Businesses crave honest customer feedback, and Wyzerr believes it’s developed a better way for consumers to provide it.
Wyzerr, founded last year as the result of a pivot by Innovate Arkansas and ARK Challenge firm Sooligan, pitched its consumer insights platform Wednesday morning at the 1 Million Cups program from the Venture Center in downtown Little Rock.
Bjorn Simmons, Wyzerr’s vice president for sales and marketing, said current methods to capture customer feedback are inadequate and noted a 4 percent participation rate for customer surveys.
“Surveys are too long, cumbersome and boring,” he said. “Businesses are not getting honest feedback from real customers.”
The Wyzerr platform “gamifies” the experience with 25 questions that can be answered in less than 90 seconds, Simmons said. Users drag a picture of the specific product or service they are reviewing to one of four color-coded icons: green for excellent, blue for good, yellow for OK and red for bad. Businesses then get real-time results, Simmons said.
The “gamified” approach includes quick questionnaires that look and feel like games and distinguish Wyzerr from its competition, such as Survey Monkey and Survey Gizmo, he said.
“We want to hit the market hard and quickly before everybody catches on,” Simmons said.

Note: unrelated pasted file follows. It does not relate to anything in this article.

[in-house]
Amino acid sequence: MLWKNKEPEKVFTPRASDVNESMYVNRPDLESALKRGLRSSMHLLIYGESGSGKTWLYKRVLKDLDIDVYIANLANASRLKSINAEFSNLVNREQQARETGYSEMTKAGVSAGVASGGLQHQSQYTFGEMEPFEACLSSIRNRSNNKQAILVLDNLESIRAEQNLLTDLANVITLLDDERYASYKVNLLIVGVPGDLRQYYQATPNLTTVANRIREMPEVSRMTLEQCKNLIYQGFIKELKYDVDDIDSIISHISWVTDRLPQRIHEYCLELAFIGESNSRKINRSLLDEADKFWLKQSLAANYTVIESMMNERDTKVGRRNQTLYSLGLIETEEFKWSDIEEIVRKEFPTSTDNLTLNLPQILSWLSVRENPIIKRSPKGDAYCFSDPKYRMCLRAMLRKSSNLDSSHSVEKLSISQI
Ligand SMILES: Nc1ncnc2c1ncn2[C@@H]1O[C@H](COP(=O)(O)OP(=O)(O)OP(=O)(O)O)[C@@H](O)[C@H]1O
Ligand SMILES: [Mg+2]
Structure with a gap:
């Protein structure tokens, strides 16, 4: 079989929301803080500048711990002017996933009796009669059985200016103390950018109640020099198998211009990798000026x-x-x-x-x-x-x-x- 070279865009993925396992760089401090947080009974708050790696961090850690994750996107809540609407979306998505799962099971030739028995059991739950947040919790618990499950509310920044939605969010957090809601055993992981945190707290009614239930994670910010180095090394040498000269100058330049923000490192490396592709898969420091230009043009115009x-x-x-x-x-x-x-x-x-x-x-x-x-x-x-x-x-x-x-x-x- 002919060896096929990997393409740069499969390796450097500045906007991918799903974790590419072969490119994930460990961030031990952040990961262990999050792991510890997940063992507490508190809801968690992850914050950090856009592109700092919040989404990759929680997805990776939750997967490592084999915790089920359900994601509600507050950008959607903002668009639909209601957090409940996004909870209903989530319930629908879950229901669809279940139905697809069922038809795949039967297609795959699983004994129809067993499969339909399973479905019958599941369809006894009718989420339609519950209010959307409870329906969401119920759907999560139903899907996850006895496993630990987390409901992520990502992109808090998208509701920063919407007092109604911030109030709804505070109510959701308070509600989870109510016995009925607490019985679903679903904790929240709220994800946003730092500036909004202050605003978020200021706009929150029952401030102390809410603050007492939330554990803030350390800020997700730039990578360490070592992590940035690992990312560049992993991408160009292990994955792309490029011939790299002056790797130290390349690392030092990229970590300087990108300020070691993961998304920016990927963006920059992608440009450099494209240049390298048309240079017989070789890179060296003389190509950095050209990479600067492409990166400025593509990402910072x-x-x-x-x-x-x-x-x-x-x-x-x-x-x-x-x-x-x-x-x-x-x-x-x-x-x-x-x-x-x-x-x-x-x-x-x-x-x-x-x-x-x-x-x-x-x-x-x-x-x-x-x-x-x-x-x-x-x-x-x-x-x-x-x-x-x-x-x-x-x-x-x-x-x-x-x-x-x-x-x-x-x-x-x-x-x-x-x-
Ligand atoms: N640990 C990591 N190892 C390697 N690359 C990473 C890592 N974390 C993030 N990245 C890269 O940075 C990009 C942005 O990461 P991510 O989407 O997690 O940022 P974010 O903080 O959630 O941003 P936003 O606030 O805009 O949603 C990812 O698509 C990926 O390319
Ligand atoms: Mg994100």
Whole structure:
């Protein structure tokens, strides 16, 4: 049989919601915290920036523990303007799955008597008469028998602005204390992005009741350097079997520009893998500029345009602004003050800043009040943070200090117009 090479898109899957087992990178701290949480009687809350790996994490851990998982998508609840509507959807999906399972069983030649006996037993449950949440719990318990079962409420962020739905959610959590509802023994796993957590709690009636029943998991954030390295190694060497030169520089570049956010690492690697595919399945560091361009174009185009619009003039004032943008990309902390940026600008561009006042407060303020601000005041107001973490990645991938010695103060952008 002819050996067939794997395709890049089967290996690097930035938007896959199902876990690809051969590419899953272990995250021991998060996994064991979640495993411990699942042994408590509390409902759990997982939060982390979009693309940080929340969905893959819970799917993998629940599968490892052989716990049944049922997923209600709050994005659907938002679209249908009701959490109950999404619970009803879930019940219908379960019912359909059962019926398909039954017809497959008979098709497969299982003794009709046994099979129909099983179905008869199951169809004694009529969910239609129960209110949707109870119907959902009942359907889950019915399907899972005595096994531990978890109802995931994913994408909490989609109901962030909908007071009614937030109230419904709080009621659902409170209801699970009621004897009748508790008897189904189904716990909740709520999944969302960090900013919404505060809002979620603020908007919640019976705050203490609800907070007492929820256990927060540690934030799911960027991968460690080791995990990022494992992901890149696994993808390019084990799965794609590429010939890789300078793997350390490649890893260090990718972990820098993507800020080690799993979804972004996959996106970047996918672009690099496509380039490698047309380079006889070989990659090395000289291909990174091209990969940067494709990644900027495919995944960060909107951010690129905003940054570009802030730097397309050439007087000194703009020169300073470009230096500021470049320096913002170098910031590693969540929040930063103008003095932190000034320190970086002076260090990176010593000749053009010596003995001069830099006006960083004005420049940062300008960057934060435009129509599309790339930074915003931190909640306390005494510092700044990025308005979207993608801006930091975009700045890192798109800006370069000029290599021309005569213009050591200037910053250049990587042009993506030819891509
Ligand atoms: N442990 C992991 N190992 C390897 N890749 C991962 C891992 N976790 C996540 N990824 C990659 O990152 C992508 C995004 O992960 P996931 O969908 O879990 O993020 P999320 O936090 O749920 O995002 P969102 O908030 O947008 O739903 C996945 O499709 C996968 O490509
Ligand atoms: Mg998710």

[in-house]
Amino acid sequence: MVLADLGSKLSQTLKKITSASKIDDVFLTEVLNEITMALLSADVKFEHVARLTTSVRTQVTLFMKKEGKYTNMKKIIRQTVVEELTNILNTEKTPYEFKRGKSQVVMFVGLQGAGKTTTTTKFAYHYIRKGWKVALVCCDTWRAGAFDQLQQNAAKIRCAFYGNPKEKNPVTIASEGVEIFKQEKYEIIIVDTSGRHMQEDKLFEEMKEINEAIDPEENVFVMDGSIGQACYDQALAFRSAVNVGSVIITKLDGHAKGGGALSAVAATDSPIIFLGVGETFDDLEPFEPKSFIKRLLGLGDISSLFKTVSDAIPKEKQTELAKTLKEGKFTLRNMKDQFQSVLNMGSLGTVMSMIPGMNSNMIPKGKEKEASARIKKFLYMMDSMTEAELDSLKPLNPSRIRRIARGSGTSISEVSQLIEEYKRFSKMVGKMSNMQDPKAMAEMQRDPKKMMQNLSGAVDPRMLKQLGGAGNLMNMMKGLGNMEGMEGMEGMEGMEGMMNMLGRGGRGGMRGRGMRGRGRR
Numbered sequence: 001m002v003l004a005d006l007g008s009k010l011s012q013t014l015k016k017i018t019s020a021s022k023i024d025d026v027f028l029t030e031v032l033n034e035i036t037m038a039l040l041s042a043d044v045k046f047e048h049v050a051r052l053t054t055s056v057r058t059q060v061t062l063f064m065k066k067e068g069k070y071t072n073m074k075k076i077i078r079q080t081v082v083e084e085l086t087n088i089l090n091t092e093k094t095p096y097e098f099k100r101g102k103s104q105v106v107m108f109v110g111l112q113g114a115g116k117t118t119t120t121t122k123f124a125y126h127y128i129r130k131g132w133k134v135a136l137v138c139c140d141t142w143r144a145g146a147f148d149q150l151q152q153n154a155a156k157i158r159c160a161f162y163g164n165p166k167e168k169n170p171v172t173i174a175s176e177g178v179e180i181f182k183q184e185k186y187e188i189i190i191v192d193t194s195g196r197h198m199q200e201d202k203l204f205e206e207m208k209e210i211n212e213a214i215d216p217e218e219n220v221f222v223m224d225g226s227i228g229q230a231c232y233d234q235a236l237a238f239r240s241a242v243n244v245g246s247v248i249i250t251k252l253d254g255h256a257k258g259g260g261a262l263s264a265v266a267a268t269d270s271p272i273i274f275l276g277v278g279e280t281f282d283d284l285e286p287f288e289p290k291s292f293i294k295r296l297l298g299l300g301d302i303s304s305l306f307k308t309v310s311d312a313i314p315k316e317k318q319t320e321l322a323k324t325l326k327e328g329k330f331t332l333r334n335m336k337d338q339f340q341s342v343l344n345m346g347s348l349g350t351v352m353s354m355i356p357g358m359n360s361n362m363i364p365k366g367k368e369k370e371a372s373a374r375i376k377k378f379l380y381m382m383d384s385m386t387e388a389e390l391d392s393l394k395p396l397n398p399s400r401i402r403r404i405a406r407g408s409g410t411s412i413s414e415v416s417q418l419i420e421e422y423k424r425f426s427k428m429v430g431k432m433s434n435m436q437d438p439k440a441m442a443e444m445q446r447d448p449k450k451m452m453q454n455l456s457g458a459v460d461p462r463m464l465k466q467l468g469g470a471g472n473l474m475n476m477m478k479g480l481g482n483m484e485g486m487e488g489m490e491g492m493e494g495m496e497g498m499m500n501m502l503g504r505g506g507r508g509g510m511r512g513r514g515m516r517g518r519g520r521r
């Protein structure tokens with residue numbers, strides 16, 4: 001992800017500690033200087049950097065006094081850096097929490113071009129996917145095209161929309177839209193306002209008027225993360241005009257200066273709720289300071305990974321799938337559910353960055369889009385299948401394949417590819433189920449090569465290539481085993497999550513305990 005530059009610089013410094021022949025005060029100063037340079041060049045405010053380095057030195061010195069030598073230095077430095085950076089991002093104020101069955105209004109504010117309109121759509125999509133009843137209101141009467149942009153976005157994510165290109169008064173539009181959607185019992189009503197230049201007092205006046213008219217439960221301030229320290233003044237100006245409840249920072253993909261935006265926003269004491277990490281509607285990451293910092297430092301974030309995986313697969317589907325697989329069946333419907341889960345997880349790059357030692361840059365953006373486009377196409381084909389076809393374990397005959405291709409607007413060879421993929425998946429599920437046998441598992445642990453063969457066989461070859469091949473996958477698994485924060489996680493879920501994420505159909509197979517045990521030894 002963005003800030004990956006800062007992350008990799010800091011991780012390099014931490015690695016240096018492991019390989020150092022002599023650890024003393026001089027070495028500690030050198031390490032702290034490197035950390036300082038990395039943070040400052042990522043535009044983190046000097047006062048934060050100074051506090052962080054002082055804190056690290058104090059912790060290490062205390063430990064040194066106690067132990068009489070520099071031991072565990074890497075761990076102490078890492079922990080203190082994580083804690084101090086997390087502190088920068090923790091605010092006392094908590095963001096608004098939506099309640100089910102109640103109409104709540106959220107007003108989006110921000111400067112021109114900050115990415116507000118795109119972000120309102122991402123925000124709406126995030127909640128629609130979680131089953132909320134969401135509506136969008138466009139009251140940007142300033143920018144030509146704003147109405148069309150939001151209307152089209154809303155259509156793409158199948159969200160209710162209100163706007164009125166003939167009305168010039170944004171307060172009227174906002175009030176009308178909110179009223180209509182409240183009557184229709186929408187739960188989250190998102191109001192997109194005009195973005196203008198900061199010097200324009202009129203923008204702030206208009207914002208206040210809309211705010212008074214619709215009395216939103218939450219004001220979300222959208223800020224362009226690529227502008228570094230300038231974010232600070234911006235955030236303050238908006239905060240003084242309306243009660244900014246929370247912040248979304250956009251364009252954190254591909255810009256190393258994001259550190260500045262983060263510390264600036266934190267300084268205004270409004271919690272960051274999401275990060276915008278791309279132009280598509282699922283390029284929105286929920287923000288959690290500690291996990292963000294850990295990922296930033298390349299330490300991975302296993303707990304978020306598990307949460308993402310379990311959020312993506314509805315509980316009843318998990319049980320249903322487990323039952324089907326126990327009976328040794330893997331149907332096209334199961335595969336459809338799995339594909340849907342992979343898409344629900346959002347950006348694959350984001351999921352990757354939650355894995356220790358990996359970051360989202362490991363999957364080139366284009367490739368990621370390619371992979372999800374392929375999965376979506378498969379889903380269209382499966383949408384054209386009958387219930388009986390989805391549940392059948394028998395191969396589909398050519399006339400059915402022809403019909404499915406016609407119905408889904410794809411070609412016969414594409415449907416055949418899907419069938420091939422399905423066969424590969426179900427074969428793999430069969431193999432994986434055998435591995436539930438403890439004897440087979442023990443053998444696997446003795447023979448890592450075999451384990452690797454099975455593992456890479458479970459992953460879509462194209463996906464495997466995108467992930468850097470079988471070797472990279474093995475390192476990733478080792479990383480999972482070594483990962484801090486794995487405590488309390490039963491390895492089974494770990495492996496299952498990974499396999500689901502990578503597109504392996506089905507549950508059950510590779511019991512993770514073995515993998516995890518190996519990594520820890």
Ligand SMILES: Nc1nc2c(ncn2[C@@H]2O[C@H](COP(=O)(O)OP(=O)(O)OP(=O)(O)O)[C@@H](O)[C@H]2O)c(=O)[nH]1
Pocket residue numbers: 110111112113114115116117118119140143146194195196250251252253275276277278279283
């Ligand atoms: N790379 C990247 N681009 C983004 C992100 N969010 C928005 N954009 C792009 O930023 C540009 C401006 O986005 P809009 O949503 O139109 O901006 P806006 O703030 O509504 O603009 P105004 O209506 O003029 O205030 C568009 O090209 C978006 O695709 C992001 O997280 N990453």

Simmons said Wyzerr is delivering an 83 percent survey completion rate to its customers, which include Cheeburger Cheeburger, the national burger chain.
Wyzerr’s app can be downloaded on its own, and Simmons said it can be integrated into a participating company’s app as well.
Simmons, who presented Wednesday with Wyzerr co-founder and designer Steadmon Harper, is eager to bring Wyzerr to Little Rock.
The road back to Arkansas has been a long one for the startup, launched at an accelerator in Syracuse, New York, and technically based out of Los Angeles and led by CEO Natasia Malaihollo. Now an Arkansas advocate, Malaihollo helped guide Sooligan, a social media app that enabled users to find and share information about any city, through the ARK Challenge in 2012.
Sooligan eventually moved back to its founders’ native California following its ARK run, but Malaihollo and co-founder Nikka Umil stayed connected to northwest Arkansas, even launching its app at the University of Arkansas.
Simmons (North Little Rock) and Harper (Pine Bluff) are both Arkansas natives and UA graduates. They connected last year through the South by Southwest festival in Austin and then through the StartFast accelerator in Syracuse, where Harper and Mallaihollo had taken Sooligan. Advisers at StartFast advised Sooligan to pivot, and teaming with Simmons they came up with the idea for Wyzerr.
Simmons said the company ultimately hopes to open an “interface studio” in Little Rock where businesses can test new products and services and consumers can review them.
He thinks such a venture now could work in central Arkansas.
“We want to be a part of what’s going on here now with tech startups,” he said. “We didn’t know all this was going on here. That’s why we left Arkansas after school, because all the resources that are available now weren’t here then.”
Next week, Wyzerr begins an accelerator program in Cincinnati; Malaihollo missed Wednesday’s pitch because she was there setting up for the four-month program. Afterward, Simmons would love to spend more time in his hometown.
“Arkansas is investing in tech startups and innovation,” he said. “And that’s not only attracting new people but attracting people like us back here.”